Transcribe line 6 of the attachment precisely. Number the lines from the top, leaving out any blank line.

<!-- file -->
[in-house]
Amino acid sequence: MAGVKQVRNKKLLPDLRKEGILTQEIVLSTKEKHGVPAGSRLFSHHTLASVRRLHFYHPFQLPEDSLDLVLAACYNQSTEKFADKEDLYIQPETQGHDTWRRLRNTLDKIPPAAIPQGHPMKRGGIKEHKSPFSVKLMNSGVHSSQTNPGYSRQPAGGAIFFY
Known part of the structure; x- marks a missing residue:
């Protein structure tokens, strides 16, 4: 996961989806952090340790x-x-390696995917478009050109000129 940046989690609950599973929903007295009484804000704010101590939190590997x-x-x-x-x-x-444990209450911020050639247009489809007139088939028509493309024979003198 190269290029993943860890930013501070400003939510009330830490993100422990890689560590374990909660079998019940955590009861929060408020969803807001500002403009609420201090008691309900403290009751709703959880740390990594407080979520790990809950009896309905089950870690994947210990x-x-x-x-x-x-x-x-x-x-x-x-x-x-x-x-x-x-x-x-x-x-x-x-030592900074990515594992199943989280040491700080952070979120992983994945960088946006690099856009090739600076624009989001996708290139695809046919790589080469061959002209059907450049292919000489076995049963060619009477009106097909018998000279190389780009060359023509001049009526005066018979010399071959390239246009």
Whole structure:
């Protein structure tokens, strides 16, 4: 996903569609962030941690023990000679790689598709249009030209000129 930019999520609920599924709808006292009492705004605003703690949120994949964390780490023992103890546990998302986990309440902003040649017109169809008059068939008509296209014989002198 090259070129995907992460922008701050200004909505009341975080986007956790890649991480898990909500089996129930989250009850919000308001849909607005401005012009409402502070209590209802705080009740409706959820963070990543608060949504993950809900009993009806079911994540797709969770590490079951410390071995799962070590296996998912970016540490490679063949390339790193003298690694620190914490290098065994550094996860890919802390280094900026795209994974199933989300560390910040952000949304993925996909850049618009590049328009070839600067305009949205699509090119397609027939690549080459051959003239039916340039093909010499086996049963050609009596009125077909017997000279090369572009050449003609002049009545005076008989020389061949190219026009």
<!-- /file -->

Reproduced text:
């Protein structure tokens, strides 16, 4: 996903569609962030941690023990000679790689598709249009030209000129 930019999520609920599924709808006292009492705004605003703690949120994949964390780490023992103890546990998302986990309440902003040649017109169809008059068939008509296209014989002198 090259070129995907992460922008701050200004909505009341975080986007956790890649991480898990909500089996129930989250009850919000308001849909607005401005012009409402502070209590209802705080009740409706959820963070990543608060949504993950809900009993009806079911994540797709969770590490079951410390071995799962070590296996998912970016540490490679063949390339790193003298690694620190914490290098065994550094996860890919802390280094900026795209994974199933989300560390910040952000949304993925996909850049618009590049328009070839600067305009949205699509090119397609027939690549080459051959003239039916340039093909010499086996049963050609009596009125077909017997000279090369572009050449003609002049009545005076008989020389061949190219026009």